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    I also bought a Century Gp1975 AK that had been painted an ugly tan color for $450. I mean everything had been painted,metal,furniture....everything. I did the same bead blast blue on it and traded it for a Ruger Mini-30 with Hogue overmold stock,7 factory mags(1x5,2x10 and 5x20) plus 500 rounds of 7.62x39 ammo. Minis are selling here used @$500-600 and new @ Wally world at just under $700 for .223. You can't even find a Mini-30. My Browning BDM 9mm is a gun metal grey color (looks like faded bluing) that I wont touch because I LIKE the way it looksas is and am not concerned with what some-one would pay for it.
     
  10. Ash

    Ash Member

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    My border collie came from Oneonta, and I did a signing at the gaming shop down town, a real relaxed sort of place.
     
  11. jimmyraythomason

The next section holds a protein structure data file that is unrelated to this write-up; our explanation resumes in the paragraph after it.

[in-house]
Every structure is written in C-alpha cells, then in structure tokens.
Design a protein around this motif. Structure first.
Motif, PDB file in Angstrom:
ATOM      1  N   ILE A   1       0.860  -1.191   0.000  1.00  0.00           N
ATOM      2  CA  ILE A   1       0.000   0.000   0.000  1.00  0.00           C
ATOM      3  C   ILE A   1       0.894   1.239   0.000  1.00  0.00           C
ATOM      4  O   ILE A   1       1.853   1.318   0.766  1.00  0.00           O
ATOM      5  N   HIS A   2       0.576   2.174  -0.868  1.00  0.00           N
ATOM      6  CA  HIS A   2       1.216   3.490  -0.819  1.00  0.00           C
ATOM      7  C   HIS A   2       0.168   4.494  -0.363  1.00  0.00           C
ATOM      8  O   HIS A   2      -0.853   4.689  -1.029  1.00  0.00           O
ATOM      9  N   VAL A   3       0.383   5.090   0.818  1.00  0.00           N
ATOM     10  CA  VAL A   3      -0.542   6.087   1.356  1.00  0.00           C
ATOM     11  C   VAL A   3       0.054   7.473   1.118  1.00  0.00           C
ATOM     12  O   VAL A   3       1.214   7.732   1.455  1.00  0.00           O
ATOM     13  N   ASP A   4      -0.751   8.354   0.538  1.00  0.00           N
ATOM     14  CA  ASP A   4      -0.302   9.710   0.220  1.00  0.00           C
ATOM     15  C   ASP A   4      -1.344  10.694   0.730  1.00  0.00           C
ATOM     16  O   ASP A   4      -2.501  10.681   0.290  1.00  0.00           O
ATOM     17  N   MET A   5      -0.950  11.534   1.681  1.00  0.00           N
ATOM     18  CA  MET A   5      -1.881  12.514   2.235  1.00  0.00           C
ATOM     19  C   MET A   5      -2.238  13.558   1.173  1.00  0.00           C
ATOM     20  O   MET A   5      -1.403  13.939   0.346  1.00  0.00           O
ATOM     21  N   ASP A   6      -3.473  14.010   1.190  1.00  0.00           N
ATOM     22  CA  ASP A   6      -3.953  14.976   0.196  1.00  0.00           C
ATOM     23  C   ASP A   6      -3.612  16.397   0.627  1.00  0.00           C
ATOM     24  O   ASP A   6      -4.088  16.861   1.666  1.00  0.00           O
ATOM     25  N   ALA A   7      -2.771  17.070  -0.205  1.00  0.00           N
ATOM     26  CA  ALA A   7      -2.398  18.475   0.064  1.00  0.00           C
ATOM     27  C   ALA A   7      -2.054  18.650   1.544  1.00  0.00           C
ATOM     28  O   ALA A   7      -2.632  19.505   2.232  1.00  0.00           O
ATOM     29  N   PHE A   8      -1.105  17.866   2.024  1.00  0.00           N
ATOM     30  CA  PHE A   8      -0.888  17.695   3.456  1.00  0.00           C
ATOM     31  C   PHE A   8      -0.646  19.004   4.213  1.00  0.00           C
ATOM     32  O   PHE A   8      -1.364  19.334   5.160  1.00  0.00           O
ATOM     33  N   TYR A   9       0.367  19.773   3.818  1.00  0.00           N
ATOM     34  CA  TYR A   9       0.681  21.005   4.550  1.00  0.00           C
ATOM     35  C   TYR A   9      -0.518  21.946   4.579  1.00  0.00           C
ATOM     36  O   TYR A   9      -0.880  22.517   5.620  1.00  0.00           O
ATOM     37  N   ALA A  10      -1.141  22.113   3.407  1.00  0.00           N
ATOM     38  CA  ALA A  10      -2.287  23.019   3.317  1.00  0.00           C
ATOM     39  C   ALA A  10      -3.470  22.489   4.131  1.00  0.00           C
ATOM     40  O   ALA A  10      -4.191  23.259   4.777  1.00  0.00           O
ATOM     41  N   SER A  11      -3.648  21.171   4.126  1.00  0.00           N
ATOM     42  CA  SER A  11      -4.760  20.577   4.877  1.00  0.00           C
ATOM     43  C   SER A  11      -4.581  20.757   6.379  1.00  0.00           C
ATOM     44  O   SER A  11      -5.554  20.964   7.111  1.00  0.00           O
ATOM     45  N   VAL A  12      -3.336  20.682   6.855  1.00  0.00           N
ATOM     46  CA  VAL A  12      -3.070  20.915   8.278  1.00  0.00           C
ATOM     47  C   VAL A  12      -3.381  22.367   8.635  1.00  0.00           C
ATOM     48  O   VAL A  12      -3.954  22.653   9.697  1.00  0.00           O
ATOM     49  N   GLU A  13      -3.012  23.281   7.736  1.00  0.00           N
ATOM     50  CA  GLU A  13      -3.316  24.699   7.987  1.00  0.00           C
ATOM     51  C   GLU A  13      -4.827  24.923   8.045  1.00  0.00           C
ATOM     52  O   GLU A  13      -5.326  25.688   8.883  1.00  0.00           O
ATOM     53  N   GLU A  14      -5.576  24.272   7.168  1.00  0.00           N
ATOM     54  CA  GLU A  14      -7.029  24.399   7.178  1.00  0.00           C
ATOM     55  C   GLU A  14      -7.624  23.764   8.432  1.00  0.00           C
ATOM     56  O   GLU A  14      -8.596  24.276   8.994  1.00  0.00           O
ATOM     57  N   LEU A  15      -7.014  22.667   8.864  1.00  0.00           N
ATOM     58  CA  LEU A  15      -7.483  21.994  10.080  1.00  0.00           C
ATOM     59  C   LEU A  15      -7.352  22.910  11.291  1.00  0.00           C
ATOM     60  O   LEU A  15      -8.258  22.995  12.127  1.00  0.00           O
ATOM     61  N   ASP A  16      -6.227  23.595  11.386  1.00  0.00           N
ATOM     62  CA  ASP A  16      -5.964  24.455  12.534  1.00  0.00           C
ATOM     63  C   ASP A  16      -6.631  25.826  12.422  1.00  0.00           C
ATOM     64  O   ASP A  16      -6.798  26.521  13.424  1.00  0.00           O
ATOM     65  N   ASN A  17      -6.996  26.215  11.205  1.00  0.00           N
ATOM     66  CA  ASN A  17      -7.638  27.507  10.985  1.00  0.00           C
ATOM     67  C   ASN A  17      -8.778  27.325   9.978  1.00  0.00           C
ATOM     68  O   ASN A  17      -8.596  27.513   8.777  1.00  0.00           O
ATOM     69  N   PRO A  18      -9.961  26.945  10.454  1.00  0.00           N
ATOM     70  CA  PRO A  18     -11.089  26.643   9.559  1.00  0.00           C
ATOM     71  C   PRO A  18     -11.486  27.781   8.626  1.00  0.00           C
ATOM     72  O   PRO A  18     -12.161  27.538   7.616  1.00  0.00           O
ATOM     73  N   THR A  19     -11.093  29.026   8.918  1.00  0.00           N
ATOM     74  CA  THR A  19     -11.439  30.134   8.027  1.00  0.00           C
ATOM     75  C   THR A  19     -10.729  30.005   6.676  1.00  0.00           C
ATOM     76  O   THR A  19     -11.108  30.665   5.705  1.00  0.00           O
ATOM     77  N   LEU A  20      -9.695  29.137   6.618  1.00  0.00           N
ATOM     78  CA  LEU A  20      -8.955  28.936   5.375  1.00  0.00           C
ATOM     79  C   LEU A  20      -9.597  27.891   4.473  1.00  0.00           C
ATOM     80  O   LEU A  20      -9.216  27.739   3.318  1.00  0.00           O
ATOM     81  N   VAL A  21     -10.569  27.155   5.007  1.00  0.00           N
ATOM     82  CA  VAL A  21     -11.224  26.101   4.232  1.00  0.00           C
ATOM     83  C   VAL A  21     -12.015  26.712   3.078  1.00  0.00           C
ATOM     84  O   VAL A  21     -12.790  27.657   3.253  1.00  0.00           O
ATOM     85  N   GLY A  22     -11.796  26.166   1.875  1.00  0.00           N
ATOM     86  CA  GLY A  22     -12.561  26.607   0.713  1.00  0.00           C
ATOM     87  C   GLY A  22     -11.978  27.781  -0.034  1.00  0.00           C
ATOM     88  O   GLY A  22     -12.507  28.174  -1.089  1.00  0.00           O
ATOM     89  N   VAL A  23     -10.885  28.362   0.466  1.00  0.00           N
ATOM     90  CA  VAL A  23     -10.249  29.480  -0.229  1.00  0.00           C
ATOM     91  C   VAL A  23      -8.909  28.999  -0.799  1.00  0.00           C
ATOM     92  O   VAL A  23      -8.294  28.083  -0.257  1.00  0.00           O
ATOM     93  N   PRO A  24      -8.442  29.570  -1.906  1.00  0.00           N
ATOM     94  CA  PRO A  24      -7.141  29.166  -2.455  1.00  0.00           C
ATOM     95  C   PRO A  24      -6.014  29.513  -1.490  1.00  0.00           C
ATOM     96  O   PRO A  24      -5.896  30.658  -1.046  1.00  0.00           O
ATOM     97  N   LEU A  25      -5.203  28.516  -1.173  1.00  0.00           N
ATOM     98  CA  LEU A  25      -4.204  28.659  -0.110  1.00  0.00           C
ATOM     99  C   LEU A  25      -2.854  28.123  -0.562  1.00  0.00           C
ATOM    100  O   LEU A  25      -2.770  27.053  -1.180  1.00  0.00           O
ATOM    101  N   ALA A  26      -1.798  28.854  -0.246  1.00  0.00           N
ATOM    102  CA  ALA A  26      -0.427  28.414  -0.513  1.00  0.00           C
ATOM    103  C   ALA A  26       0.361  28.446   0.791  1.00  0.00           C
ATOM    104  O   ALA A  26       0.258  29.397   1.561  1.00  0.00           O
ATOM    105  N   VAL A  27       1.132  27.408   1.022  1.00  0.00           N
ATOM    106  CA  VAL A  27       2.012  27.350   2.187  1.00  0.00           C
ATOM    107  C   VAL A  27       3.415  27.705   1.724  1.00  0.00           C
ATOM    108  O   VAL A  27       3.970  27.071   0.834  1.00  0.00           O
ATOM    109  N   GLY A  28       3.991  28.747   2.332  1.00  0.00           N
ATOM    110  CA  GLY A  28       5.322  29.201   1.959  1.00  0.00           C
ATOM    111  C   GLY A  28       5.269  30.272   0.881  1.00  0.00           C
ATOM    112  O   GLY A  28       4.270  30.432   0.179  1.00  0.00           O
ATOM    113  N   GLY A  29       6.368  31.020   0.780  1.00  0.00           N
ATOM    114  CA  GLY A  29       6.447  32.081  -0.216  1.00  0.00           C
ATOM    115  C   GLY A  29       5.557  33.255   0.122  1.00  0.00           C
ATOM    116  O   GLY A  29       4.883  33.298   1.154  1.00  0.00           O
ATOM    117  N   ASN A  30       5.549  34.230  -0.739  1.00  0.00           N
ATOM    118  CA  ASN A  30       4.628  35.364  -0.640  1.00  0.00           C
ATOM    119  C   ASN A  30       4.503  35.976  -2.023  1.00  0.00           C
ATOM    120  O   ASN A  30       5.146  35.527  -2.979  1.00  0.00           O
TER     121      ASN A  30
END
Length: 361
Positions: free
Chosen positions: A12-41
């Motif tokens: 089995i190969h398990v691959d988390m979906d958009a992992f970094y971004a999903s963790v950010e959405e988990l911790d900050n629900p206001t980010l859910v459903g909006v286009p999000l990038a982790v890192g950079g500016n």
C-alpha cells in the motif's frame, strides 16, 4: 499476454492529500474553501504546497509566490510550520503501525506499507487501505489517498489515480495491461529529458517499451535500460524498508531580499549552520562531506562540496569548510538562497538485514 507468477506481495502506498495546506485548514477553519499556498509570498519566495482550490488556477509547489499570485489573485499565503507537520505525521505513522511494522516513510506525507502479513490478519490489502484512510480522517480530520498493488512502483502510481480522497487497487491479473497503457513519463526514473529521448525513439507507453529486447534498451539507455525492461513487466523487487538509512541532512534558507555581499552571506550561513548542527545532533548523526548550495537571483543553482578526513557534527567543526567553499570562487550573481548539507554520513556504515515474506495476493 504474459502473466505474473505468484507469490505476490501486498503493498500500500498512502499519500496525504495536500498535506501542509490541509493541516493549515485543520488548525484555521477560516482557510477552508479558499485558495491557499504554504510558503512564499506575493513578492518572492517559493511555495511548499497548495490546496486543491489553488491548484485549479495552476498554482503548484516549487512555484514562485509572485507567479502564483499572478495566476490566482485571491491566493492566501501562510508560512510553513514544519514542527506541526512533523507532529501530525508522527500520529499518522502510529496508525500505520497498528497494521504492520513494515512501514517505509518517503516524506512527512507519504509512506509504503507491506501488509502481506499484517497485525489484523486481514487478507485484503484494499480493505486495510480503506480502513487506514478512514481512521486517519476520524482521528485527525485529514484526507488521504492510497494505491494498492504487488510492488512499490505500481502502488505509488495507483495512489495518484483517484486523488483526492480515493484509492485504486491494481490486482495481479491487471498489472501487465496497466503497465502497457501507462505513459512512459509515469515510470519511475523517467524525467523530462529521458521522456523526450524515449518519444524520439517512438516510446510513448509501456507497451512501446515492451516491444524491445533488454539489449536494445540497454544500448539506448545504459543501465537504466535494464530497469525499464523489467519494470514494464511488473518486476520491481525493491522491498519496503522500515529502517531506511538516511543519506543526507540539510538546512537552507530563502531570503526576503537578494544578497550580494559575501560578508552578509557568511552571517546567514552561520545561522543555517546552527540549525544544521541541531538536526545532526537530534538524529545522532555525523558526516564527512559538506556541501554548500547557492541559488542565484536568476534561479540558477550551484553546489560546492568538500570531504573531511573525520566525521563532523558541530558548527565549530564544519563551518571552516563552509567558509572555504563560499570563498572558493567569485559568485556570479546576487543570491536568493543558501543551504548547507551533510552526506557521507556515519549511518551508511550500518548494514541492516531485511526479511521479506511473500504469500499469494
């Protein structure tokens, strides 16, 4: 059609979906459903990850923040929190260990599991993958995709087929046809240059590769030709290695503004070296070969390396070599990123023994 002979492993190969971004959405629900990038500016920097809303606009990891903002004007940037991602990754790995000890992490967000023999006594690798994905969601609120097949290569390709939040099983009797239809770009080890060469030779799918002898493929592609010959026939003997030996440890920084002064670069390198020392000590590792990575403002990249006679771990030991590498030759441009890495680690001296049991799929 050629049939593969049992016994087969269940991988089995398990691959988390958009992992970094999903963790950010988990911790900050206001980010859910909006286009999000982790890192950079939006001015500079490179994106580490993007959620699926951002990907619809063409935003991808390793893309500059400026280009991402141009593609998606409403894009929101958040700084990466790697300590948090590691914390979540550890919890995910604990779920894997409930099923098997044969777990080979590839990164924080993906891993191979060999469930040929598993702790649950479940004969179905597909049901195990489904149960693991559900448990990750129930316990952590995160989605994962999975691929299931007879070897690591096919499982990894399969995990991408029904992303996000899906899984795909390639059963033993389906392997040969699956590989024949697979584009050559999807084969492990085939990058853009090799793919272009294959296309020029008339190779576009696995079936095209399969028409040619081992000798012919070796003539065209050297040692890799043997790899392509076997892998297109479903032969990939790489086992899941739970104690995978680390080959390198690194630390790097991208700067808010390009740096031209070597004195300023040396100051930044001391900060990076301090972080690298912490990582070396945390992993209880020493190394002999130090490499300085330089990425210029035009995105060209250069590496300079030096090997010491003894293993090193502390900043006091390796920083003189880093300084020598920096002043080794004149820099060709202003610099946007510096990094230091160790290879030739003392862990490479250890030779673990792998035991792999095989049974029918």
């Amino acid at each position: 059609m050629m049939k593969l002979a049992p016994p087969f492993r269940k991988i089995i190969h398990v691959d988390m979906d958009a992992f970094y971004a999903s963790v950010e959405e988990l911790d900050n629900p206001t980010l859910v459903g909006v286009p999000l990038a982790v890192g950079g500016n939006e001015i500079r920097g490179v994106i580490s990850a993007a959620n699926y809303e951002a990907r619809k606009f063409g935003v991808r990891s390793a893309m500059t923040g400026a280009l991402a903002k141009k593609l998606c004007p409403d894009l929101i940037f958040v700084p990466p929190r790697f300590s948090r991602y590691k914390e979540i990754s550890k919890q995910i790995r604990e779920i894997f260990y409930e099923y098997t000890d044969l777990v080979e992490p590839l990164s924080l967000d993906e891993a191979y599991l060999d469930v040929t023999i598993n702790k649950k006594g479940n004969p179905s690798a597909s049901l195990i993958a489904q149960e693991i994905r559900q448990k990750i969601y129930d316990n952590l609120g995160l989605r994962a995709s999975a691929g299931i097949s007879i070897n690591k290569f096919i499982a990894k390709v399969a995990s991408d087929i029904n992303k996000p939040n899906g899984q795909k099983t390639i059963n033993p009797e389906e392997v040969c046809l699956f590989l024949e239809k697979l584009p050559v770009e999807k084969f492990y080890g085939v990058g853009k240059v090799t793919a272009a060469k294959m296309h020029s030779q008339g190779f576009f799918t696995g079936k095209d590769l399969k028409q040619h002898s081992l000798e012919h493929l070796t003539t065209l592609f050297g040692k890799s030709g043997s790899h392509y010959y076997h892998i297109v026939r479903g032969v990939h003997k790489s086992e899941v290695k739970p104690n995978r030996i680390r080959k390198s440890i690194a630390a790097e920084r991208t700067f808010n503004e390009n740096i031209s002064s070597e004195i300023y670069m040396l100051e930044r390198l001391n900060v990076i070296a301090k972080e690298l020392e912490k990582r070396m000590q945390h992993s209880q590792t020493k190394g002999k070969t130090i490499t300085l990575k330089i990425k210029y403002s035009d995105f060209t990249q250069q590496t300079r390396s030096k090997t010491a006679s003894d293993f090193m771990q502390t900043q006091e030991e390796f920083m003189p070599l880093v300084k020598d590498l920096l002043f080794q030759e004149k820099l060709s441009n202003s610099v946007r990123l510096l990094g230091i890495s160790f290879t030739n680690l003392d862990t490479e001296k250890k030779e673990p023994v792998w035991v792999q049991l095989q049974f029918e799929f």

jimmyraythomason Member

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    Sorry,I'm not into games so I didn't even know there was such a shop in "tin town".
     
  12. Ash

    Ash Member

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    Nor am I, but they buy books and I made some good money and drank some decent coffee there. Don't get down town often? Where are the shops you visit?
     
  13. jimmyraythomason

    jimmyraythomason Member

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    The only shop on main street (1st avenue) that I visit is my barber. The ONLY firearms and ammunition dealer in Oneonta is WalMart and I only go there if I absolutely HAVE to. I will drive to one of the neighboring towns to buy guns and/ammo. Private sales of same are very big here via a dozen or more online gun trade sites.